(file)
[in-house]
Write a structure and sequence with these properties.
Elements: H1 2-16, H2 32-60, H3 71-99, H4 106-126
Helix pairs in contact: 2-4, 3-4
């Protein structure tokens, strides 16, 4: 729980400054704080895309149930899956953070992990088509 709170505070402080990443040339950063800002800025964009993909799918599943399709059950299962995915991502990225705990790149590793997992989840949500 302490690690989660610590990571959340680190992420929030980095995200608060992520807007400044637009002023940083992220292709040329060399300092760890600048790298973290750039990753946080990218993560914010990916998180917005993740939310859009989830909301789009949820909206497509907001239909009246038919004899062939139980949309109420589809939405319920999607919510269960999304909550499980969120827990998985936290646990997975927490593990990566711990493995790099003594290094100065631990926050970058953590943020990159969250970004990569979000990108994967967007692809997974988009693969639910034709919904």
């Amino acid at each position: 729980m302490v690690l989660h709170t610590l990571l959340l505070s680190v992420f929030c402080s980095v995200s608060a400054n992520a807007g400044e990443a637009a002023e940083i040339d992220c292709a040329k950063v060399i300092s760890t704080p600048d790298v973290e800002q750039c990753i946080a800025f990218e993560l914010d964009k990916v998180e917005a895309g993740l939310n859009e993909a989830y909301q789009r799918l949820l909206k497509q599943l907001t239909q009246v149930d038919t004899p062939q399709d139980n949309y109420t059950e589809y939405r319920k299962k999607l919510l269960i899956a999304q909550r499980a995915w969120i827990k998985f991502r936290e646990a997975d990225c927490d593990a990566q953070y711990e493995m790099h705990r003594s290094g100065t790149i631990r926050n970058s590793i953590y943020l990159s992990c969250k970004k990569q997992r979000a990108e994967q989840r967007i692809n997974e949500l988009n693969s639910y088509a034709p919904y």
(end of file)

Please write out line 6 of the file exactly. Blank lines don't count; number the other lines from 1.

């Amino acid at each position: 729980m302490v690690l989660h709170t610590l990571l959340l505070s680190v992420f929030c402080s980095v995200s608060a400054n992520a807007g400044e990443a637009a002023e940083i040339d992220c292709a040329k950063v060399i300092s760890t704080p600048d790298v973290e800002q750039c990753i946080a800025f990218e993560l914010d964009k990916v998180e917005a895309g993740l939310n859009e993909a989830y909301q789009r799918l949820l909206k497509q599943l907001t239909q009246v149930d038919t004899p062939q399709d139980n949309y109420t059950e589809y939405r319920k299962k999607l919510l269960i899956a999304q909550r499980a995915w969120i827990k998985f991502r936290e646990a997975d990225c927490d593990a990566q953070y711990e493995m790099h705990r003594s290094g100065t790149i631990r926050n970058s590793i953590y943020l990159s992990c969250k970004k990569q997992r979000a990108e994967q989840r967007i692809n997974e949500l988009n693969s639910y088509a034709p919904y």